Last week, the Montreal Gazette reported that the Jewish General Hospital, a McGill teaching hospital, gave H1N1 vaccines to 200 top donors and board members ahead of schedule. According to their executive director, Hartley Stern, many of these donors are also volunteers, so they, like other support staff, were inoculated in the event primary caregivers become ill themselves.
However, Stern also acknowledged that the vaccine has not been given to all volunteers and that he did not know how urgent the work performed by the donor-volunteers was. Stern admitted that he was at fault for not knowing this, but went on to say that Jewish General should be judged by the positive work it has done so far, like being the first to inoculate critical staff and very sick patients, and the first to volunteer to help the Agence de la santé with chronically ill patients.
Stern’s semi-apology misses the point. Giving top financial donors preference is nepotism. This isparticularly disturbing when it is taken into account that at 35 deaths, Quebec is the Canadian province the second hardest hit by the flu. Prioritizing some incidentally wealthy volunteers over others is not adequate justification, especially as volunteers do not provide primary care or engage with patients at the same level of intensity or responsibility as doctors and nurses. The fact that Stern wants to sweep this under the rug by appealing to the hospital’s past work is also problematic, because it ignores the precedent set by the Jewish General.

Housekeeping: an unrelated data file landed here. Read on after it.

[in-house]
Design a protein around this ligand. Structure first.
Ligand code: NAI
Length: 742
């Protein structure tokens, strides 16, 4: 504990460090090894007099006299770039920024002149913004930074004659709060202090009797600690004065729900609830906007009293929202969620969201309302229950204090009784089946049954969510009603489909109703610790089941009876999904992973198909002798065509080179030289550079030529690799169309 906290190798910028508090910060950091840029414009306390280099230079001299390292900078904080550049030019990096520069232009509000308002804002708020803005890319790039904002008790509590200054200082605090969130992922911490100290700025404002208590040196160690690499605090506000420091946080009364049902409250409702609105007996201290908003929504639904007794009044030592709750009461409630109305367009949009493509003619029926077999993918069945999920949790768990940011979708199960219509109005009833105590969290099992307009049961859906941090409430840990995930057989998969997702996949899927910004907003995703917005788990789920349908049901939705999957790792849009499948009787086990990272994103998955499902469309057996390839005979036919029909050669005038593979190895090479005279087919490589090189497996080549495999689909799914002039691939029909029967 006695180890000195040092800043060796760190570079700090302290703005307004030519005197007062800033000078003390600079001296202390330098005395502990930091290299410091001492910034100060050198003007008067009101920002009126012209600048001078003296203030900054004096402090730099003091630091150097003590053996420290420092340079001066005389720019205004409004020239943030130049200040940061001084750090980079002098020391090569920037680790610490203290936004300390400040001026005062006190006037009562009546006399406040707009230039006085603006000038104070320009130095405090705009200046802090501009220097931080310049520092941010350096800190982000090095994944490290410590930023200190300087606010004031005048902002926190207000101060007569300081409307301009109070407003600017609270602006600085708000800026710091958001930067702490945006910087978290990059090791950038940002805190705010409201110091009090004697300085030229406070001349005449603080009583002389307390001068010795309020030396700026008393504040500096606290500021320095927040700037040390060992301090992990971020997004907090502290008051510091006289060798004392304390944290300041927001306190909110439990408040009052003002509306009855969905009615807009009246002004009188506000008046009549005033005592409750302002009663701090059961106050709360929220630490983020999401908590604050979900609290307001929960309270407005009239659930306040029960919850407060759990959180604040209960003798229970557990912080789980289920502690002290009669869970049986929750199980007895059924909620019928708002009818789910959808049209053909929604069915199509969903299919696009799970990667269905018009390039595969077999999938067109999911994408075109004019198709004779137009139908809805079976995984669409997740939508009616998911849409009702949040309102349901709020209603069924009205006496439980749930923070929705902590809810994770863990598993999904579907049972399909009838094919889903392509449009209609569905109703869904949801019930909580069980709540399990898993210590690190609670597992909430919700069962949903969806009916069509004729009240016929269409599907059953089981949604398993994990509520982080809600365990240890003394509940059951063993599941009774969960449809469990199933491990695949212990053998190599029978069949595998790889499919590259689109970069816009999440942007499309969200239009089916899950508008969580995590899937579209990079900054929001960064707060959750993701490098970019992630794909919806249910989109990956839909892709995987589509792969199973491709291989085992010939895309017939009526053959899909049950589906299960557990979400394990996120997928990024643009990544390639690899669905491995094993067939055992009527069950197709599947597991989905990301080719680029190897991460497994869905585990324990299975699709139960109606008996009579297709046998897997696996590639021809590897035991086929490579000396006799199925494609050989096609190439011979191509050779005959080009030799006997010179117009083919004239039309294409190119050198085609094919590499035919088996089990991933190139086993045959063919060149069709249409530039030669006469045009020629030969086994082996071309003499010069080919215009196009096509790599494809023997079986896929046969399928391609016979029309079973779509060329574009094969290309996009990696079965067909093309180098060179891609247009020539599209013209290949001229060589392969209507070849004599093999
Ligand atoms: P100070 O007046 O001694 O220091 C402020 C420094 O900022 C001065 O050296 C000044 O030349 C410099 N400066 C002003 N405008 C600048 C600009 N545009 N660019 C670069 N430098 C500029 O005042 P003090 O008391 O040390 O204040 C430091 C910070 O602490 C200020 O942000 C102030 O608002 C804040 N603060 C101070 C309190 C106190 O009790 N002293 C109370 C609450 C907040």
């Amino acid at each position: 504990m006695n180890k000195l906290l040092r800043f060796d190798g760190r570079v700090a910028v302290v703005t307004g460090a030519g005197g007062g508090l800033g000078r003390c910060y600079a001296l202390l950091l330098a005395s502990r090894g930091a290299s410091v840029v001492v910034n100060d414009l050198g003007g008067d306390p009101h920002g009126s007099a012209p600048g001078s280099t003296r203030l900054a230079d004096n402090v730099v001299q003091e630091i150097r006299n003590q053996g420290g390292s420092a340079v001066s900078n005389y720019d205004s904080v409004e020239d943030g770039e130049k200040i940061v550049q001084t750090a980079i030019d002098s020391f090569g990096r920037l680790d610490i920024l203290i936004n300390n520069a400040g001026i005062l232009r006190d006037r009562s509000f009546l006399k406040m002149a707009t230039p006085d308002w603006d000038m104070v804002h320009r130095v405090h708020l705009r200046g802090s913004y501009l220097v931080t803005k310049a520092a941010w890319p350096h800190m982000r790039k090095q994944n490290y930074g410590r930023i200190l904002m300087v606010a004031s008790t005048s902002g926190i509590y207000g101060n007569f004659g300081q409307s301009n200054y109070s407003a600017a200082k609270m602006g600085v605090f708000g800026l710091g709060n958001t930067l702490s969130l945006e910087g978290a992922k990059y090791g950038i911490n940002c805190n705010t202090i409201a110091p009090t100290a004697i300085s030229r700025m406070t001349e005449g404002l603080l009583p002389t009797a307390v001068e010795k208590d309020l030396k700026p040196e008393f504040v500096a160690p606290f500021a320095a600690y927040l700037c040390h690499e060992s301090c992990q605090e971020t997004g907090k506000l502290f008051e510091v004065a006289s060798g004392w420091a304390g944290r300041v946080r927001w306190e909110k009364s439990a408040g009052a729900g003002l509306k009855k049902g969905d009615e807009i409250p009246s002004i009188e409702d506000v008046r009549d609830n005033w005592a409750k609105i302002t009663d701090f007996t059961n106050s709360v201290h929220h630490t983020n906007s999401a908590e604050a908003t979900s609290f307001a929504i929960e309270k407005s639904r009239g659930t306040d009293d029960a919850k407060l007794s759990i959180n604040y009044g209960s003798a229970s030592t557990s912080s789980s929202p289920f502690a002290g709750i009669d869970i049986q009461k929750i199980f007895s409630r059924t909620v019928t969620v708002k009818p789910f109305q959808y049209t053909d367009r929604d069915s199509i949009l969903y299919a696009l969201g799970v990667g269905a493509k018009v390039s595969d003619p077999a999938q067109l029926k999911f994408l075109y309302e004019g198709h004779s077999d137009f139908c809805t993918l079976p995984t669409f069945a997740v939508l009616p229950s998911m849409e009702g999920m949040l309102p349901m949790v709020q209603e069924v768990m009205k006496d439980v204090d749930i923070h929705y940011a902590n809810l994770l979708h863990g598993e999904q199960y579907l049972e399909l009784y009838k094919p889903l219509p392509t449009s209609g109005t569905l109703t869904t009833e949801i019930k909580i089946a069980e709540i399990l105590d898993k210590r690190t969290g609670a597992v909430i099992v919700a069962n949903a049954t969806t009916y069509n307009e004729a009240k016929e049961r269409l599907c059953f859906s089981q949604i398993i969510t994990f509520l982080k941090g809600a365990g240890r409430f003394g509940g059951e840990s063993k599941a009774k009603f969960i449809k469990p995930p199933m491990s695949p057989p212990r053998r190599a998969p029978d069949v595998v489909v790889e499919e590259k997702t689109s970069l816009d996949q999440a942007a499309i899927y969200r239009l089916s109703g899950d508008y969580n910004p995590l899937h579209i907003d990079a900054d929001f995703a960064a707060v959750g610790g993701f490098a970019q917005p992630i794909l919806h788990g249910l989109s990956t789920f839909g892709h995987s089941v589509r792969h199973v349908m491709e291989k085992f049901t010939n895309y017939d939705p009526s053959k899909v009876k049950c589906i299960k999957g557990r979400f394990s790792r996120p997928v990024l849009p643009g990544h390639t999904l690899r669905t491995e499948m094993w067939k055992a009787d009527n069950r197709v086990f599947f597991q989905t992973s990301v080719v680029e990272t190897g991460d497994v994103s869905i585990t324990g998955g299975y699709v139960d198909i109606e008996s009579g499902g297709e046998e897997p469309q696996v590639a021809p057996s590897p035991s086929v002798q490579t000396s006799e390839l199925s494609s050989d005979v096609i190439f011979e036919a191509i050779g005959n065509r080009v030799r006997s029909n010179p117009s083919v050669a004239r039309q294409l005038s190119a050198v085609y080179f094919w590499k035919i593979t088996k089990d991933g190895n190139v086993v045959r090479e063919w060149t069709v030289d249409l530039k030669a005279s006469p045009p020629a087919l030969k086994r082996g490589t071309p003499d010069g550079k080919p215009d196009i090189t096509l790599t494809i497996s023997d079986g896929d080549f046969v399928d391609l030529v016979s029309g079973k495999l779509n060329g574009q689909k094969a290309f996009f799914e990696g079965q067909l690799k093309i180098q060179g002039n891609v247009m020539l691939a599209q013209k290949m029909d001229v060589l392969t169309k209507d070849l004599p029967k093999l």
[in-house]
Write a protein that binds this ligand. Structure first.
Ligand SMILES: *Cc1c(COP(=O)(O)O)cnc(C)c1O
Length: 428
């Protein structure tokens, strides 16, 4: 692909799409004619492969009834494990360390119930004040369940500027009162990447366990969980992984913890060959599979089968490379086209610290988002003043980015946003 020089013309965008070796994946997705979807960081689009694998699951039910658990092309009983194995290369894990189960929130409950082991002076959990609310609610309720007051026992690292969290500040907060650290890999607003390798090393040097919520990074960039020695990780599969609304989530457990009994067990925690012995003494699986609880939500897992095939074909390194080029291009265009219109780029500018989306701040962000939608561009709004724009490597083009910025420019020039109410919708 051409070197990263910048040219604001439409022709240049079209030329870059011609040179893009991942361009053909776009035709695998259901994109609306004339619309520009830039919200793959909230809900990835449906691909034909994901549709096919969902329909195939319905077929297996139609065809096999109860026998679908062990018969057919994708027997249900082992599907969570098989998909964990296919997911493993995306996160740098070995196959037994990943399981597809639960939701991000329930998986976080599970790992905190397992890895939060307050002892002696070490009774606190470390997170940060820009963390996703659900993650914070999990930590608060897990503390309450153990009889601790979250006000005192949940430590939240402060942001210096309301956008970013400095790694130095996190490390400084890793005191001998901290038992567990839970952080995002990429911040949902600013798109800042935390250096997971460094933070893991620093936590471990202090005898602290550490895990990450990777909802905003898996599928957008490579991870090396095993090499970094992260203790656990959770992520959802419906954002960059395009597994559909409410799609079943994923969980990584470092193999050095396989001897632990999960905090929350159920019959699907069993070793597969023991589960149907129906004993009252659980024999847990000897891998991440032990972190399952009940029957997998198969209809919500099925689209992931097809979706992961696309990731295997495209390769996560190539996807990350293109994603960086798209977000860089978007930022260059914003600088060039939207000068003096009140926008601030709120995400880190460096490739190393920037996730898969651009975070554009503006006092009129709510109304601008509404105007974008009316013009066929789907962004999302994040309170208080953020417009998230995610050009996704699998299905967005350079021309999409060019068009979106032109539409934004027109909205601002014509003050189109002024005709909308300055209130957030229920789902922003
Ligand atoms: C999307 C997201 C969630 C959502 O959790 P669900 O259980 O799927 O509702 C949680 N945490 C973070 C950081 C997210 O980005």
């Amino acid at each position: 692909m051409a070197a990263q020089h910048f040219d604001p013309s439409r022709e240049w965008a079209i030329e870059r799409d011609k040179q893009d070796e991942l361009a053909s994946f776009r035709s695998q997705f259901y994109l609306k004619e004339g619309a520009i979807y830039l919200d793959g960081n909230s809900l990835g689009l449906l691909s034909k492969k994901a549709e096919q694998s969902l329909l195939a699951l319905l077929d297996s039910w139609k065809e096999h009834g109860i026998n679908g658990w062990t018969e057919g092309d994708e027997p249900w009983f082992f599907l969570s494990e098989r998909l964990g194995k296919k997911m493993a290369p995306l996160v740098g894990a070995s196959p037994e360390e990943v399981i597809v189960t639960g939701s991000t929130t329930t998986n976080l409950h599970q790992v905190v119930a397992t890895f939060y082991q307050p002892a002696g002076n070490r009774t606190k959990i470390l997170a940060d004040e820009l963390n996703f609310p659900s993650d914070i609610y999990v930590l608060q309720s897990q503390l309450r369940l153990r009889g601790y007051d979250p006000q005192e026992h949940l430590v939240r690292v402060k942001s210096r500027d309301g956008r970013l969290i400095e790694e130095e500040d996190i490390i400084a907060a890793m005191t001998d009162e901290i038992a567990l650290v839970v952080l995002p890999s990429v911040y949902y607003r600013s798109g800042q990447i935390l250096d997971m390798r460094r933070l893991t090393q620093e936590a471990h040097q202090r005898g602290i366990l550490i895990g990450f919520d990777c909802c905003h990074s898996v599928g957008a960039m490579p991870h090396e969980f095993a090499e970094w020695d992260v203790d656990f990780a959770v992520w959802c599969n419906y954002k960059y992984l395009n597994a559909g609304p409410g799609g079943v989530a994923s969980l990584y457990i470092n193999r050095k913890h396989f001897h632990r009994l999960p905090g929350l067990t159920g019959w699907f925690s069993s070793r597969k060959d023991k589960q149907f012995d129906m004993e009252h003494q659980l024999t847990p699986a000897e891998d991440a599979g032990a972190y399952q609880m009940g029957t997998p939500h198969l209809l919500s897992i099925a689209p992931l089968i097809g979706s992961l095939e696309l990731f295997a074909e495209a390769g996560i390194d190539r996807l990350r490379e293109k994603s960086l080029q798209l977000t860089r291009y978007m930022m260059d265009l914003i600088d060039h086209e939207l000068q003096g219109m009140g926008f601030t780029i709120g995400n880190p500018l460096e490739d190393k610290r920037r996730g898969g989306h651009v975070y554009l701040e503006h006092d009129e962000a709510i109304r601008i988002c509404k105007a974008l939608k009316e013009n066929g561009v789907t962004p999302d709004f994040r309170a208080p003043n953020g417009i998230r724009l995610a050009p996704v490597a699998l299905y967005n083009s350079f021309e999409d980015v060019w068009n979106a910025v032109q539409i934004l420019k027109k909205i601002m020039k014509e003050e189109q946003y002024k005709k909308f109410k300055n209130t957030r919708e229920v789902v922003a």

Quebec Health Minister Yves Bolduc has stated his disapproval of privileging donors, but that he doesn’t want to carry out a witch-hunt against the hospital. Bolduc makes a fair point, but he should take greater steps to ensure inoculation is carried out in a transparent manner. Stern told the press that one family offered him $50,000 for the vaccination, and doctors have reported similar cases.
As the winter sets in and cases spike, so will the potential for this kind of hysteria – and the government needs to make sure priority doesn’t go to those who can pay, but those who are most vulnerable to H1N1: children and the elderly for medical reasons; residents of First Nations reserves and individuals with limited resources because of the way the structures of our society marginalize them.
Stern will likely not issue any further apology for Jewish General, but its silent partner – McGill – has yet to comment. Just last week, Deputy Provost (Student Life & Learning) Morton Mendelson criticized the fact that McGill can’t control the distribution of vaccines on campus. Given McGill’s affiliation with at least six hospitals in Montreal, the University should take a strong stance to discourage this form of nepotism.